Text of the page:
I discovered Nothing More the same night I discovered craft beer. True story. I had heard their single, “This is The Time (Ballast)”, on Sirius Radio but I was not familiar with the band. A friend from work told me that they were playing up the street, after work on a Thursday. Sleepwave, a band fronted by Spencer Chamberlain of Underoath, was the opener. I figured it sounded like a good time. We sat at the bar and ordered Southern Tier 2x IPAs. I had never had craft beer before, and didn’t realize that having 7 or 8 of these bad boys was ridiculous. Maybe it was the beer talking, but something magical happened it the hours that followed. I was introduced to a band with a stage presence like none I have ever seen. Halfway through the set, the entire band (sans drummer Ben Anderson) jumped up on a 10 foot tall bass guitar called the BASSANATOR that I watched them weld in the parking lot before the show. As a bass player and a music fan, it was the coolest thing I had seen on stage in my life. I fell in love that night.
Anyone who follows me on Twitter has seen me rave about this band for the last 2 years. Their full length debut, Nothing More (self-titled) was one of the best albums I had ever heard. There were so many captivating tracks. And Johnny Hawkins, the vocalist and songwriter, sings about things that are personal. He writes about topics that are deeper than your average hard rock band and his vocabulary is astounding. When I heard that the band was set to release a follow up, I was nervous. When you have an album with 17 tracks, every one of which I heard on satellite radio at some point during the years between albums, it is hard to avoid the sophomore slump. The first record was a defining album for me. Could the follow up record meet those lofty expectations?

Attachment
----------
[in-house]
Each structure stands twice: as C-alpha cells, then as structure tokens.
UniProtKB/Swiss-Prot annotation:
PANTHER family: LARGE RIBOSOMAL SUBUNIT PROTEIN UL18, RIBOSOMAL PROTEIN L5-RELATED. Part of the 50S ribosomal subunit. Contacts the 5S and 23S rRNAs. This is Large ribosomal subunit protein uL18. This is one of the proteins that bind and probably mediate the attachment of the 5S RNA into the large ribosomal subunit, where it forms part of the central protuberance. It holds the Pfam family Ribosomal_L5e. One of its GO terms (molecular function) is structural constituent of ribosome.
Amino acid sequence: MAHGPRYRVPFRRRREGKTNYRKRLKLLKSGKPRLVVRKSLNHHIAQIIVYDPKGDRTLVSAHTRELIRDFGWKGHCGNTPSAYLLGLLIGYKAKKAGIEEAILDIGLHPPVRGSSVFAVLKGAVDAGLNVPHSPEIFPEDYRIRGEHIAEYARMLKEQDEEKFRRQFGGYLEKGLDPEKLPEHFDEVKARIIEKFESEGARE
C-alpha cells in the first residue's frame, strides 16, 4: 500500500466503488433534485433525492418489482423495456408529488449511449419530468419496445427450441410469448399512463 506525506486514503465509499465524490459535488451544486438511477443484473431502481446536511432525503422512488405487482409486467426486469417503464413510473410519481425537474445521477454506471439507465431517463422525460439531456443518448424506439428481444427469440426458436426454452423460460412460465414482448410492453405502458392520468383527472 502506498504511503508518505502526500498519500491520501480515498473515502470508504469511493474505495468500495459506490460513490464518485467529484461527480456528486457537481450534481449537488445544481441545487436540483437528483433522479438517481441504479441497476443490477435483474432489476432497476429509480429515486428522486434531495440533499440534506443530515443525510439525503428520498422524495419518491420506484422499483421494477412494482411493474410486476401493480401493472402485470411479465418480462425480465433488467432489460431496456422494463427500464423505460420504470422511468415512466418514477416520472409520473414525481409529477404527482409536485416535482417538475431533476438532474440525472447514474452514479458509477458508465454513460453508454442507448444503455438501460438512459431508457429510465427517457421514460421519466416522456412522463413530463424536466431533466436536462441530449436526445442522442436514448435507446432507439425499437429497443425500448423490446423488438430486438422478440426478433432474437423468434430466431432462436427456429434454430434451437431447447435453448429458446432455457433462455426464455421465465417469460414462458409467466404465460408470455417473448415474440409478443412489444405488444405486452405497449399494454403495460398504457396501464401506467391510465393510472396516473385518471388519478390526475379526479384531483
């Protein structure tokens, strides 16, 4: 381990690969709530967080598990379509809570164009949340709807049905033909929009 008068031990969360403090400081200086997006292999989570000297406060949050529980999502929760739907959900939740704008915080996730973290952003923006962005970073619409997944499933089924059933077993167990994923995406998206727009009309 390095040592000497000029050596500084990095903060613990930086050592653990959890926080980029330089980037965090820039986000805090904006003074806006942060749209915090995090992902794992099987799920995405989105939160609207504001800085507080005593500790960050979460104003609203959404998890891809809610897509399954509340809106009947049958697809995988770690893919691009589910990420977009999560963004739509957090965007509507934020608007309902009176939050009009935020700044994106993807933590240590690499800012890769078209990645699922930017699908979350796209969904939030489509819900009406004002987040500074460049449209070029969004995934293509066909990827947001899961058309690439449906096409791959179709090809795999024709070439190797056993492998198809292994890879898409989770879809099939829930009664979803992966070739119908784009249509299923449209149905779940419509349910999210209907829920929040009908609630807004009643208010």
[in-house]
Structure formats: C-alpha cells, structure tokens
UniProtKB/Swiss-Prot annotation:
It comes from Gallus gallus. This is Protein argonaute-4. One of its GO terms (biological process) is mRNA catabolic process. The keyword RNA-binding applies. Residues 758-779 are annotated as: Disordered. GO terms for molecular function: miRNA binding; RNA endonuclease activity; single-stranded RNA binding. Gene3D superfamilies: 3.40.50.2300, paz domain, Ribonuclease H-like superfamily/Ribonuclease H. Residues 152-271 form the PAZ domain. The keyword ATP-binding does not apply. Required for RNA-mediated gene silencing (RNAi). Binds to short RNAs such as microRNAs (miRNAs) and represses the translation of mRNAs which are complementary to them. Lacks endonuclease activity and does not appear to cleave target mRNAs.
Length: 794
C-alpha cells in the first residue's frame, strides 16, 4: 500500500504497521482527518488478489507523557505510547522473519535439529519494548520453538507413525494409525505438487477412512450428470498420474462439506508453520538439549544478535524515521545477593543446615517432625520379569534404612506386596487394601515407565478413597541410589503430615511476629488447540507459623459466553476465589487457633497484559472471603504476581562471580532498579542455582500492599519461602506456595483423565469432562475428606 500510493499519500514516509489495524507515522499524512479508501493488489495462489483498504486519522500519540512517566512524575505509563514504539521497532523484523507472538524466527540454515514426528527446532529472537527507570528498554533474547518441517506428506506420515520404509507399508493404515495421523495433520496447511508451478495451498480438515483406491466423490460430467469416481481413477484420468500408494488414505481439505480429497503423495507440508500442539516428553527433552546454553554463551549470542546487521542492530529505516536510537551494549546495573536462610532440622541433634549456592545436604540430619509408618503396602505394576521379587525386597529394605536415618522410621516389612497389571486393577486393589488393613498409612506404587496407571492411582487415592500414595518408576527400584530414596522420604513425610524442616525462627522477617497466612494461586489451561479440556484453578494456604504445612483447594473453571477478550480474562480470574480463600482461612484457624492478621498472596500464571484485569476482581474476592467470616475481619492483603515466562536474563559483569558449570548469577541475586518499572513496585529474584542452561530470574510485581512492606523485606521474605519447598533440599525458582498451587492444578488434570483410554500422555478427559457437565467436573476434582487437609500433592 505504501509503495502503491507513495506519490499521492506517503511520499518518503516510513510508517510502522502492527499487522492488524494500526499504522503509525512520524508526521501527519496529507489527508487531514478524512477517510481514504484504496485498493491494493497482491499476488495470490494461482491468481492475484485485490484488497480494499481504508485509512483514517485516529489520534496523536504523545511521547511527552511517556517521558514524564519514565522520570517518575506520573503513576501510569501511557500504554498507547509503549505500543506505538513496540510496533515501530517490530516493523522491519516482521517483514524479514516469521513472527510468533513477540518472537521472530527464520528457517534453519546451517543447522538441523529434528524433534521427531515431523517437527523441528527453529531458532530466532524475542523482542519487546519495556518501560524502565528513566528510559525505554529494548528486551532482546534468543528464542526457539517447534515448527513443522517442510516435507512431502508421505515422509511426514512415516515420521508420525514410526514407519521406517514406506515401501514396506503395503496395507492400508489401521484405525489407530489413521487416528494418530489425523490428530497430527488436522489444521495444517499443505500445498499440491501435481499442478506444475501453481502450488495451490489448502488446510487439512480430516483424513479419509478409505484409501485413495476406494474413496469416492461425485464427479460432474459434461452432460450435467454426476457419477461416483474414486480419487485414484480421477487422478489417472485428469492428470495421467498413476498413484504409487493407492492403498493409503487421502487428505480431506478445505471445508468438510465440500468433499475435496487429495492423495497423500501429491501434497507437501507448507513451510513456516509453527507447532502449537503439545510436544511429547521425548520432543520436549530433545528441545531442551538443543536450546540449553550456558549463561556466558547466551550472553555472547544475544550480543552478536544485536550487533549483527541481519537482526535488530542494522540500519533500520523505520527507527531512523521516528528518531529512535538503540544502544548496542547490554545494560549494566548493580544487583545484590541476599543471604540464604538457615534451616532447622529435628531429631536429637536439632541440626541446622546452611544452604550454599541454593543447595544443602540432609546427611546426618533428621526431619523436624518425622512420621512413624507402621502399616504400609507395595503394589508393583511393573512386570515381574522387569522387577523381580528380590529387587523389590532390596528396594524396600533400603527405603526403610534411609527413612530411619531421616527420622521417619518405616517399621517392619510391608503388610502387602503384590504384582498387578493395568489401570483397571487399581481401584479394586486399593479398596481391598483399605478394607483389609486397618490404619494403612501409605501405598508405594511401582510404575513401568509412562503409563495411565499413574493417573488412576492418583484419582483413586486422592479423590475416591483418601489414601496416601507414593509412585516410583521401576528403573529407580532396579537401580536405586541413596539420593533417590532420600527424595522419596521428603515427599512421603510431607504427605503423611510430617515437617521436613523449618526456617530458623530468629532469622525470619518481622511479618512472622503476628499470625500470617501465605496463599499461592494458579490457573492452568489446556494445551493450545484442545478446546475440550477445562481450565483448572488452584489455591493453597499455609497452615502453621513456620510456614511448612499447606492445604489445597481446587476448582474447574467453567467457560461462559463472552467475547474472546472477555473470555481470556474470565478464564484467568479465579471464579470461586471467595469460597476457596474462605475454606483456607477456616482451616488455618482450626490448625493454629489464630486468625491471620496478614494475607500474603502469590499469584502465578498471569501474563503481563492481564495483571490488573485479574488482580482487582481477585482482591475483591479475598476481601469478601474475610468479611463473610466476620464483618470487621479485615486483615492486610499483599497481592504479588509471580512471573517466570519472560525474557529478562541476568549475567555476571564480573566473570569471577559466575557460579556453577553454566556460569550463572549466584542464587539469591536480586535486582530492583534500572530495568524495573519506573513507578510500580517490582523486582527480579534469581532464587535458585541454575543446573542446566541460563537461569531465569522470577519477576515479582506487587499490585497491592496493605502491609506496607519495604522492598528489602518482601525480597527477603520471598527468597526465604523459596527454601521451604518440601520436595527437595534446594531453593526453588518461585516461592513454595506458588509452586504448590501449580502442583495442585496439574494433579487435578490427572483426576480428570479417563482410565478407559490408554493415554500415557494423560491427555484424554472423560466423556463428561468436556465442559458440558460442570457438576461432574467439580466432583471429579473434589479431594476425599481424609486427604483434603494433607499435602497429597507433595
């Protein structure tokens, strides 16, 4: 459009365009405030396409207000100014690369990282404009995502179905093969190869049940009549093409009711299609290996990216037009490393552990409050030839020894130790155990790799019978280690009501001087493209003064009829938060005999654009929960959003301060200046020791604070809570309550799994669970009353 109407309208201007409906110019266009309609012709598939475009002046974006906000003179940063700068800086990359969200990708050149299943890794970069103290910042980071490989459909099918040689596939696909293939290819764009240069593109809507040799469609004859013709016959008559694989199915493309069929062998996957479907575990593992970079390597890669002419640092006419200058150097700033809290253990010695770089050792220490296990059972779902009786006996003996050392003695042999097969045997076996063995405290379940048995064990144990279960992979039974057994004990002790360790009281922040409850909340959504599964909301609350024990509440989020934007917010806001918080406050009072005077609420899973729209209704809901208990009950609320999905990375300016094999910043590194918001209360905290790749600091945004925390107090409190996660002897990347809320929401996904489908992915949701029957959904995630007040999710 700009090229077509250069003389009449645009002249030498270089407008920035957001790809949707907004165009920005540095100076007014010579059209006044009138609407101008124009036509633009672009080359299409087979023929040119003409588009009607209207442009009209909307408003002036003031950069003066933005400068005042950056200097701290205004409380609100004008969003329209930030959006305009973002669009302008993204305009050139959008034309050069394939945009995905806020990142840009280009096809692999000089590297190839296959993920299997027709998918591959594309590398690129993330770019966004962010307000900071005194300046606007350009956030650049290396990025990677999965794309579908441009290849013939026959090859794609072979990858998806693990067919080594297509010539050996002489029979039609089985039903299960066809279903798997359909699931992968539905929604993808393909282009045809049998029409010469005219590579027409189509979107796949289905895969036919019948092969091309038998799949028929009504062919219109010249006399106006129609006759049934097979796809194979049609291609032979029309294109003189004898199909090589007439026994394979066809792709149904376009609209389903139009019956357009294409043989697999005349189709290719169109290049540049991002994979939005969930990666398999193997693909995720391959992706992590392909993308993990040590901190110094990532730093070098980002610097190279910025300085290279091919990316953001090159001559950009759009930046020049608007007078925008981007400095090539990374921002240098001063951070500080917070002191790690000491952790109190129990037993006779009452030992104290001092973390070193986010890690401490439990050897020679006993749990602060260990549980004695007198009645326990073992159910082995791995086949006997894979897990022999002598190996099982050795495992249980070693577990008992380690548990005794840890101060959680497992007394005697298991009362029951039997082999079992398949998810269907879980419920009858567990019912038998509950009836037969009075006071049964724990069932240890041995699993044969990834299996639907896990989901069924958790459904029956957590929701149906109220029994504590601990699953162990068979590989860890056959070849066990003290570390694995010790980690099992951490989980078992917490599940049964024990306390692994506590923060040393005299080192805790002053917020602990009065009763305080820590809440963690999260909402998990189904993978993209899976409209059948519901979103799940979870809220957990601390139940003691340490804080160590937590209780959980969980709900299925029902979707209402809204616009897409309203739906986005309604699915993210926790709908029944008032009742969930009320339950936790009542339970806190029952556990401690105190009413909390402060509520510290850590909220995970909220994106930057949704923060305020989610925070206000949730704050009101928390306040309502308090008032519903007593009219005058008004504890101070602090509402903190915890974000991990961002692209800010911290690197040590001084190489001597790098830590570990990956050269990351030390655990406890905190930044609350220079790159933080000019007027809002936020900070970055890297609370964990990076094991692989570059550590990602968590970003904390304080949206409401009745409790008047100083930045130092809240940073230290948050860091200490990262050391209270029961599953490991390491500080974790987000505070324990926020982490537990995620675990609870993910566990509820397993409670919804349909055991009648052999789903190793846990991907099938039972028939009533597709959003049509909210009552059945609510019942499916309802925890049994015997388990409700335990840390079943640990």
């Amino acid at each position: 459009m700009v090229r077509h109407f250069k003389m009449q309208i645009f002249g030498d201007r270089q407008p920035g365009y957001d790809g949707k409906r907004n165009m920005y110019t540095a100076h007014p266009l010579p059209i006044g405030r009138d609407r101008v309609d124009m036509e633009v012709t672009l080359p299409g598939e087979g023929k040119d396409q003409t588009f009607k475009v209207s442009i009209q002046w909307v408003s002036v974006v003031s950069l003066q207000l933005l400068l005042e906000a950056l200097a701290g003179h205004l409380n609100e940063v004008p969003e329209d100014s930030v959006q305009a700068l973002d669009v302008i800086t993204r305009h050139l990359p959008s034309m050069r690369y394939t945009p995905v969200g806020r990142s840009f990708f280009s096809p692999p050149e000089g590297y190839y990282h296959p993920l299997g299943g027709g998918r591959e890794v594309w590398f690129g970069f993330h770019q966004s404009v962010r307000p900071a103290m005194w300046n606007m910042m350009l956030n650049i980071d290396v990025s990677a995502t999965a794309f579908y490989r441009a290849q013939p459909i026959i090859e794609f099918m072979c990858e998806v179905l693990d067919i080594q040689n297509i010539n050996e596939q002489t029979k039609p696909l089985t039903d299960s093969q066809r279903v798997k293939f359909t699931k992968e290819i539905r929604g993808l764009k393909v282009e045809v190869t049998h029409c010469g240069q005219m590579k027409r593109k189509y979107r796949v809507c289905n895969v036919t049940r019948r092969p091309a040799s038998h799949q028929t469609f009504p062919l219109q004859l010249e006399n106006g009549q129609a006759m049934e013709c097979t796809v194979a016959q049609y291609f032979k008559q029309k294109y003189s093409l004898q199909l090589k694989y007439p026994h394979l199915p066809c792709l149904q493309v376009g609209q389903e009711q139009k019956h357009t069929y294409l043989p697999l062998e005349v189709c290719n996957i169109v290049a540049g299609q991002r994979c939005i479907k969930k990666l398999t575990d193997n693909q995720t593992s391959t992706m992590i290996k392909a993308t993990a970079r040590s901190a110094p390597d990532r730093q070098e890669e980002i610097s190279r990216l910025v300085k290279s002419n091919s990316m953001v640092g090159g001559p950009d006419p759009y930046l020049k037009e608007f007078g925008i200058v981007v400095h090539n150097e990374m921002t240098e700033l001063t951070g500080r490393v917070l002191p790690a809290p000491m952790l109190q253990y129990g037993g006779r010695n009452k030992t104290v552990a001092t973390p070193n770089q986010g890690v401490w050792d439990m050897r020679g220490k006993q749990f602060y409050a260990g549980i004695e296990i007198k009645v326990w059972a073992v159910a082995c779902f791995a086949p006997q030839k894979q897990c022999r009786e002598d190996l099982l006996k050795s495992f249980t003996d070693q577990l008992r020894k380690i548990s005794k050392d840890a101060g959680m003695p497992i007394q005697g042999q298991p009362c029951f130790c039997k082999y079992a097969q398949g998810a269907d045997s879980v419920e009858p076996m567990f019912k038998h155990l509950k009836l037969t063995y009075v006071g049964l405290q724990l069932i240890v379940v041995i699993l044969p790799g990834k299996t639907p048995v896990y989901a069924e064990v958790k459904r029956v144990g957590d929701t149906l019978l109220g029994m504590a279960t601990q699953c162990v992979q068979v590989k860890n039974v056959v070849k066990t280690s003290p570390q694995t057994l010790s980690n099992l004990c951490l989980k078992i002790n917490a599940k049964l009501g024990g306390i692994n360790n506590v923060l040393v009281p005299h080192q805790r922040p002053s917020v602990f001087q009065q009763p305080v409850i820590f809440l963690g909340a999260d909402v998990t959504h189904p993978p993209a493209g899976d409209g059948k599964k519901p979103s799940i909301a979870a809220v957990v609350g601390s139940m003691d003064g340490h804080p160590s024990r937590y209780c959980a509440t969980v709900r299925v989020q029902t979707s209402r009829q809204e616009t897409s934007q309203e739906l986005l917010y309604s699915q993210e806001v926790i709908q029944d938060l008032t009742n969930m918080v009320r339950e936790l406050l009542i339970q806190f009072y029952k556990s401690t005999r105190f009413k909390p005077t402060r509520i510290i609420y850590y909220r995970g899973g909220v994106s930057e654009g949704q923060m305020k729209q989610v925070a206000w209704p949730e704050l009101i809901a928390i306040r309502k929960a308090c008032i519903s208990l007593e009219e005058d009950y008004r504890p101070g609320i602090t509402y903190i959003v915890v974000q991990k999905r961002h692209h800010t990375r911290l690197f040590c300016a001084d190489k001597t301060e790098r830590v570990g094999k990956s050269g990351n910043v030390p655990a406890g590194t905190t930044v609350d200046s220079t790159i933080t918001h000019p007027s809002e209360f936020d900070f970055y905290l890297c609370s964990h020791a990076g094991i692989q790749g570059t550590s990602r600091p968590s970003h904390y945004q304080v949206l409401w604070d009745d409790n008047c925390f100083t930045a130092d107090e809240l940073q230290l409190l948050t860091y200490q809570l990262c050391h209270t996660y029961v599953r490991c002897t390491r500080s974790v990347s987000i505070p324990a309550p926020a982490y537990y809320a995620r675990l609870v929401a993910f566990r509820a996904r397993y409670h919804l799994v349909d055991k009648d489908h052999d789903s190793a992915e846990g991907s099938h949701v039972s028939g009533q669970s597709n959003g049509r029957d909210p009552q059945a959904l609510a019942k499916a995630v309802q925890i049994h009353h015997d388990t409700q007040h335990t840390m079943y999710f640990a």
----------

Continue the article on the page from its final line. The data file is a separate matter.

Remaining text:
Absofuckinglutely. The Stories We Tell Ourselves is not an album. It is an experience. It is 18 tracks (12 songs and 6 interludes) of well-written, deeply thought out, musical genius. Johnny Hawkins can write with the best of them, but this guy has a voice that screams rock ‘n roll. The lead single, “Go To War”, is one of the best vocal performances that I have ever heard. Talk about a vocal range — with words written about a deep subject — being at the point in a relationship when you are at odds but don’t quite know what you are fighting for anymore. It is smart. And it is amazing. The album has several different feels to it. There are times where it is heavy and there are times when it is more mellow. Tracks like “Do You Really Want It?” and “Let ‘Em Burn” (which is a heavy rip on the current political climate) are among the heaviest the band has produced. Songs like “Tunnels” and “Still In Love” hold the middle ground, giving a lighter touch to the hard rock feel. The album includes an acoustic track, “Just Say When”, that is one of the most captivating on the album. The final track, which may be my favorite, is called “Fadein/Fadeout”. It is a slow but heavy ballad about watching a parent grow old and pass on that has an epic build to a heavy end.
This is one of my favorite albums of all time. There is no ceiling for this band- they are inventive, they are different. Their music is heavy, but has an appeal outside of hard rock. Their lead singer is the modern day John Morrison (he even kinda looks like him). The songs are meaningful, the music is rock solid, and their stage show is out of this world. If you don’t know Nothing More, do yourself a favor. Sit down, grab a 2x IPA, and listen to The Stories We Tell Ourselves. Fall in love. And then go see them live on their fall U.S. tour. You won’t regret it.